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EEO-1 & VETS 100 - the Basics
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Q&A | The Basics - Part I (Video & Transcript) | The Basics - Part II (Video and Sample Downloads) 

EEO-1 and Vets 100/100a: Q & A

  1. My company has multiple locations. When I filed the EEO-1 report, a consolidated report was created when I filed for each location. Is there a consolidated company report for the Vets 100A as well?
    • Answer: There isn’t a consolidated report (for the entire company) for Vets 100a filing. The EEO-1 filing is slightly different from Vets.
  2. Should US expats working abroad or foreign hires working in the US on a temporary basis be counted on either the Vets 100A or EEO-1 reports?
    • Answer: US expats should not be reported since they work physically outside of the US. Temp employees should be excluded as well.
  3. If a recently separated vet is hired, when 36 months from the date of discharge pass, do you still count them as a recently separated vet or do you change their veteran status?
  4. In November 2013 we hired a veteran who was then deployed the following January. During his leave of absence, should we count him as an employee/veteran on the EEO-1 and/or Vets 100A reports? He wasn’t paid in the payroll period I’m using or the ending period of the reports.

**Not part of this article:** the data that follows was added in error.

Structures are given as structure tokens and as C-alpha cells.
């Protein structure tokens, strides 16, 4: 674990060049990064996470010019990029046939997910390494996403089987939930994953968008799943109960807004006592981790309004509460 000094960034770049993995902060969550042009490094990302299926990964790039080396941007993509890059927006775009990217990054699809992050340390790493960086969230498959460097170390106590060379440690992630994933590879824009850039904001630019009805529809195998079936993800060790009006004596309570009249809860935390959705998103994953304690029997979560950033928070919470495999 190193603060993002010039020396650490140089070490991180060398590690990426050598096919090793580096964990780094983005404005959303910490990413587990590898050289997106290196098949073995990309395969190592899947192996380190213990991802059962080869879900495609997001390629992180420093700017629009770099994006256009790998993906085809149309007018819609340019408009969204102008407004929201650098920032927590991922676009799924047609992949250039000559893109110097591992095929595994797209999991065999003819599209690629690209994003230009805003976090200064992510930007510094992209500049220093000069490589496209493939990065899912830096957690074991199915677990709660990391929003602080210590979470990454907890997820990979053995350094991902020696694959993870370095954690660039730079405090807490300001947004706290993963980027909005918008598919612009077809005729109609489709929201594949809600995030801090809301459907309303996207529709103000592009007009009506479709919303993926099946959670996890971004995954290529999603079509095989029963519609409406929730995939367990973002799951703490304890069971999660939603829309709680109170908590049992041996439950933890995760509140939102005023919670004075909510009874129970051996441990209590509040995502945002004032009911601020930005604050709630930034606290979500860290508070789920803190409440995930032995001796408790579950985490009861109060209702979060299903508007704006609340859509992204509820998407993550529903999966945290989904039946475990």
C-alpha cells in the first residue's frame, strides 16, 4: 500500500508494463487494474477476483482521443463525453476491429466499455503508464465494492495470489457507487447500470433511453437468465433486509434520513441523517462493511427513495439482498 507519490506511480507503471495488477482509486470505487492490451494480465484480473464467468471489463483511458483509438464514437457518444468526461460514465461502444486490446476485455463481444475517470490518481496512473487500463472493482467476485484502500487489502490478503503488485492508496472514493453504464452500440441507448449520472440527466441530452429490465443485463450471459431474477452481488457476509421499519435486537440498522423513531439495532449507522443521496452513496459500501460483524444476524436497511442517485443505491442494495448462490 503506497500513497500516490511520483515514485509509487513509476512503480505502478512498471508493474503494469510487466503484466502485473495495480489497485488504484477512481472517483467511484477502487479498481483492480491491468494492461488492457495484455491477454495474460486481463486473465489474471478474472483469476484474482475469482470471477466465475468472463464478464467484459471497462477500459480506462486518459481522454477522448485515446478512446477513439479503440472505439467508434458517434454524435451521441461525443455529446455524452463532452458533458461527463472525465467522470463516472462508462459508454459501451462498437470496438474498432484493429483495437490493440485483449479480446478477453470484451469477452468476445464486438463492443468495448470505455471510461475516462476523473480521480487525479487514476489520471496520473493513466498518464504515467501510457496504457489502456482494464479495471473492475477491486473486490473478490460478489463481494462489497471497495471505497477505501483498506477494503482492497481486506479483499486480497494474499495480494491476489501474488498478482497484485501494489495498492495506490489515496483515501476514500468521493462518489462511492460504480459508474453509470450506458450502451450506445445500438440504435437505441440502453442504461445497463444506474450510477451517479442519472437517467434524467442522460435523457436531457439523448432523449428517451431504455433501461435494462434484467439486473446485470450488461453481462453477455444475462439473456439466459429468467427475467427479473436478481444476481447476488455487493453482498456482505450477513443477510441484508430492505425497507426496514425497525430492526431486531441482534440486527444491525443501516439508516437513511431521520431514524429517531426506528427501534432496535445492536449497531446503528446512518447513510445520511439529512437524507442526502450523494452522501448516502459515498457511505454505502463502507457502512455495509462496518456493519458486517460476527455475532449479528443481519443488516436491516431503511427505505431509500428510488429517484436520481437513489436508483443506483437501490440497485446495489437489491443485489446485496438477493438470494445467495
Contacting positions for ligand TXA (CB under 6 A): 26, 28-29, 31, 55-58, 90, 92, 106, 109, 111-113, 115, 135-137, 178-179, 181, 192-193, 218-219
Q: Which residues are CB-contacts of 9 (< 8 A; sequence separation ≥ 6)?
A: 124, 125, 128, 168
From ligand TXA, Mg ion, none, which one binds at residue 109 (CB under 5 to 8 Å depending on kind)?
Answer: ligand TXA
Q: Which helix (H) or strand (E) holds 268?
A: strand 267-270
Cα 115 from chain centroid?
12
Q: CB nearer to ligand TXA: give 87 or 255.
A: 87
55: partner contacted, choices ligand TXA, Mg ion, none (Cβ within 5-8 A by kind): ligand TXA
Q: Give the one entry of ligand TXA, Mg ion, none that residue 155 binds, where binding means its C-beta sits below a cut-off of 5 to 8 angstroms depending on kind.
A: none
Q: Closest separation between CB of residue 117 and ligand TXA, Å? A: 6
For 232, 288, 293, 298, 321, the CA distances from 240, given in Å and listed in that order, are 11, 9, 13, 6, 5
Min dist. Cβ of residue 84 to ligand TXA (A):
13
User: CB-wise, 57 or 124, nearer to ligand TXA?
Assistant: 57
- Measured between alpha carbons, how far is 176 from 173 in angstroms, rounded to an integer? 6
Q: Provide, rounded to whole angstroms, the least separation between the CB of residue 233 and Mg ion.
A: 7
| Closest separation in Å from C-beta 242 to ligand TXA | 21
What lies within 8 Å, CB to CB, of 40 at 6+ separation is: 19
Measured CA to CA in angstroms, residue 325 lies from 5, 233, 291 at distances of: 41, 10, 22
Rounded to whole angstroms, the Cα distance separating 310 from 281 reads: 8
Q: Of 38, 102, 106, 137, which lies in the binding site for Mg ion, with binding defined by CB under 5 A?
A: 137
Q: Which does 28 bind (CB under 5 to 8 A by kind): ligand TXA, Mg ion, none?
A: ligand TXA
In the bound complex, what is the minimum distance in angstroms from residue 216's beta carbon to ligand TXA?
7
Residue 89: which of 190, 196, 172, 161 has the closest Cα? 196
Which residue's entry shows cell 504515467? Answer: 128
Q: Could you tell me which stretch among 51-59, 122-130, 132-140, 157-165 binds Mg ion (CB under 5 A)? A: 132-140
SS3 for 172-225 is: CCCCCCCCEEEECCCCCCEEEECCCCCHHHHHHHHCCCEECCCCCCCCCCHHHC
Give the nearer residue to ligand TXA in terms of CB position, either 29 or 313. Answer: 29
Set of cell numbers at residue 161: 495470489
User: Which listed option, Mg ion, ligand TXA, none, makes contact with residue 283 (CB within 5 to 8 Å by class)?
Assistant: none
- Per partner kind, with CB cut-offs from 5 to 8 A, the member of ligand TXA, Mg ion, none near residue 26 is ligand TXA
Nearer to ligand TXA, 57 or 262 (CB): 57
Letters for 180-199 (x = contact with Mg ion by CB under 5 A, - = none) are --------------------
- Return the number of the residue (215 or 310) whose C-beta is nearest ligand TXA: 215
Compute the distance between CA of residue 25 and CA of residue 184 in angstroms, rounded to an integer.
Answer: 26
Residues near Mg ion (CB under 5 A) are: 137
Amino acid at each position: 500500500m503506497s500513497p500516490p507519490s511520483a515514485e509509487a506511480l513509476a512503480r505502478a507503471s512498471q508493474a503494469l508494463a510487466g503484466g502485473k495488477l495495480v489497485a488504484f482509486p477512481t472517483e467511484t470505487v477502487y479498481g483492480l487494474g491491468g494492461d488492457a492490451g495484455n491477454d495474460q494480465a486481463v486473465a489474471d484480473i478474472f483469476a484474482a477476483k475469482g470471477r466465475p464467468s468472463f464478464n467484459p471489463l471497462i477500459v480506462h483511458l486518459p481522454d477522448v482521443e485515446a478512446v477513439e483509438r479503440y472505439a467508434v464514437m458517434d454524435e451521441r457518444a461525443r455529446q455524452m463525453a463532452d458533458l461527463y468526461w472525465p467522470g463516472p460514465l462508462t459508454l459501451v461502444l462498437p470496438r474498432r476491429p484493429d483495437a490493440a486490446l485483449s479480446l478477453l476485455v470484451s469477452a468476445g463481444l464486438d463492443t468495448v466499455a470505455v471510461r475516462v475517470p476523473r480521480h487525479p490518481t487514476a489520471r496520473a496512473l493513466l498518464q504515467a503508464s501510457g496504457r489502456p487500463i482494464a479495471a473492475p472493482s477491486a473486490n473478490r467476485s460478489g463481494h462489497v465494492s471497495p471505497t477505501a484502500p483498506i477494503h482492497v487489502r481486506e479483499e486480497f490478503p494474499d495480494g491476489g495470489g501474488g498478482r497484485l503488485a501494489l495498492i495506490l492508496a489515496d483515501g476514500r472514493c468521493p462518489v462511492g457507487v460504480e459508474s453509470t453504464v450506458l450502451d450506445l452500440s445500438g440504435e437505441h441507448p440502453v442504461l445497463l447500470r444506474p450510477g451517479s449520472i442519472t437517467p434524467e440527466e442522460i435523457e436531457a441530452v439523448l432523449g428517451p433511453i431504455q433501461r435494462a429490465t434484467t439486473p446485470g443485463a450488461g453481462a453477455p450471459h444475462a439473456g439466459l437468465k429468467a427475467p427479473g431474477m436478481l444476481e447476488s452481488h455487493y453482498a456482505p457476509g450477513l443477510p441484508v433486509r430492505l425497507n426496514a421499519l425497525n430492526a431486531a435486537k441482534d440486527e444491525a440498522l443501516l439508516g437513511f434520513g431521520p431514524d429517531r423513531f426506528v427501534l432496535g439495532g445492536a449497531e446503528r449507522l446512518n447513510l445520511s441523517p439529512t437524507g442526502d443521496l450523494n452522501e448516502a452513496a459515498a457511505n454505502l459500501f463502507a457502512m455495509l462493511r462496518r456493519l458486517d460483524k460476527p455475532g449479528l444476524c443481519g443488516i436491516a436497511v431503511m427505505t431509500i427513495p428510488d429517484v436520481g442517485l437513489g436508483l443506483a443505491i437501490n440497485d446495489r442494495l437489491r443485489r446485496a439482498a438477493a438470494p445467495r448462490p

• Answer: If he was not on your payroll during the time frame that was selected, then he does not have to be counted. However, since he was hired within the 12 months period, he will be counted as a new hire.
  5. A new employee checks the box that says, “I am a protected veteran, but I choose not to self-identify the classifications to which I belong.” For Affirmative Action planning purposes, I know I will still count this new hire as a veteran. However, for the Vets 100A Report, how would I count this new hire’s veteran status if he/she chooses to check that box? What do you recommend we do?
    • Answer: For this year, they will be included in the “Other protected Veteran” category. It is unclear where they will be counted once the VETS department updates the classifications and removes the “Other protected Veteran” category. We are waiting for updated FAQs to clarify this prior to the 2015 filings.

EEO-1 and Vets 100/100A - the Basics Part I

In Part I of the two-parts on this page, Heather Sakamoto goes over the who, what, and how of filing the EEO-1 and Vets 100/100A forms. Afterwards, make sure to watch Part II where we walk you through sample forms and give you the tools and information you need to manage your data.


What are the EEO-1 and Vets 100/100A reports?

The EEO-1 report is a survey mandated by the federal government that requires both private employers and federal contractors to report their employment data for each location or establishment. The employment data shall be broken down by gender within race for each EEO Category.

The Vets 100 and 100a reports are required under the Vietnam Era Veterans Readjustment Assistance Act or VEVRAA. Under VEVRAA, Federal Contractors are required to report employment and hires data for each hiring location. The data shall be broken down by protected veterans within each EEO Category.